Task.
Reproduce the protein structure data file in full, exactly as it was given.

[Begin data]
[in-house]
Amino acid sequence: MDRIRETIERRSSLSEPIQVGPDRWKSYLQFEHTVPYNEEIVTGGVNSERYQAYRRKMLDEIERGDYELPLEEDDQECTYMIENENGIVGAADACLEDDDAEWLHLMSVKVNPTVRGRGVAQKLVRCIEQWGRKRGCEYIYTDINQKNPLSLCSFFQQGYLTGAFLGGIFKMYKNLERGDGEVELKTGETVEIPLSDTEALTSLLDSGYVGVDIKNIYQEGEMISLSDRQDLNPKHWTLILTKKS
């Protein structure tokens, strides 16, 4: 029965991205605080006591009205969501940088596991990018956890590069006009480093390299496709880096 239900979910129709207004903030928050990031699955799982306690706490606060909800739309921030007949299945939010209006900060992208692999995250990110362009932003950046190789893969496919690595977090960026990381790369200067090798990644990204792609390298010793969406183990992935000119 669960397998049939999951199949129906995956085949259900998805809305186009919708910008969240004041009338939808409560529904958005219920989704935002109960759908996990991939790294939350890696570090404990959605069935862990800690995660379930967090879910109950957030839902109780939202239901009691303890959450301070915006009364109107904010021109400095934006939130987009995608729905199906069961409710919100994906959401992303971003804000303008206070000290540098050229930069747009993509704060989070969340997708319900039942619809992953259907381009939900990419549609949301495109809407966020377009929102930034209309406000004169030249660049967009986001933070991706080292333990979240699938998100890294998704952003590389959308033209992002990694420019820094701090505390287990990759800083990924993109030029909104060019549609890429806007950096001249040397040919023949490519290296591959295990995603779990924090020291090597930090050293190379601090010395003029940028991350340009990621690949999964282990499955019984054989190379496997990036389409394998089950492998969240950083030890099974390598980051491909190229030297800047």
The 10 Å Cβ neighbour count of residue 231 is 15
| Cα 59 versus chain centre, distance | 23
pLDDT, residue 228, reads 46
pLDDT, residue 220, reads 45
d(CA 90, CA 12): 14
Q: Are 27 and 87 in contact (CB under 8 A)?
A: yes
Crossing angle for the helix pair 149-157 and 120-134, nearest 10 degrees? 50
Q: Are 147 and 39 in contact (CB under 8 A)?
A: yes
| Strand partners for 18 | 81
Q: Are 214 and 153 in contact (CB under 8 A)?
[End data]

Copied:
[in-house]
Amino acid sequence: MDRIRETIERRSSLSEPIQVGPDRWKSYLQFEHTVPYNEEIVTGGVNSERYQAYRRKMLDEIERGDYELPLEEDDQECTYMIENENGIVGAADACLEDDDAEWLHLMSVKVNPTVRGRGVAQKLVRCIEQWGRKRGCEYIYTDINQKNPLSLCSFFQQGYLTGAFLGGIFKMYKNLERGDGEVELKTGETVEIPLSDTEALTSLLDSGYVGVDIKNIYQEGEMISLSDRQDLNPKHWTLILTKKS
């Protein structure tokens, strides 16, 4: 029965991205605080006591009205969501940088596991990018956890590069006009480093390299496709880096 239900979910129709207004903030928050990031699955799982306690706490606060909800739309921030007949299945939010209006900060992208692999995250990110362009932003950046190789893969496919690595977090960026990381790369200067090798990644990204792609390298010793969406183990992935000119 669960397998049939999951199949129906995956085949259900998805809305186009919708910008969240004041009338939808409560529904958005219920989704935002109960759908996990991939790294939350890696570090404990959605069935862990800690995660379930967090879910109950957030839902109780939202239901009691303890959450301070915006009364109107904010021109400095934006939130987009995608729905199906069961409710919100994906959401992303971003804000303008206070000290540098050229930069747009993509704060989070969340997708319900039942619809992953259907381009939900990419549609949301495109809407966020377009929102930034209309406000004169030249660049967009986001933070991706080292333990979240699938998100890294998704952003590389959308033209992002990694420019820094701090505390287990990759800083990924993109030029909104060019549609890429806007950096001249040397040919023949490519290296591959295990995603779990924090020291090597930090050293190379601090010395003029940028991350340009990621690949999964282990499955019984054989190379496997990036389409394998089950492998969240950083030890099974390598980051491909190229030297800047």
The 10 Å Cβ neighbour count of residue 231 is 15
| Cα 59 versus chain centre, distance | 23
pLDDT, residue 228, reads 46
pLDDT, residue 220, reads 45
d(CA 90, CA 12): 14
Q: Are 27 and 87 in contact (CB under 8 A)?
A: yes
Crossing angle for the helix pair 149-157 and 120-134, nearest 10 degrees? 50
Q: Are 147 and 39 in contact (CB under 8 A)?
A: yes
| Strand partners for 18 | 81
Q: Are 214 and 153 in contact (CB under 8 A)?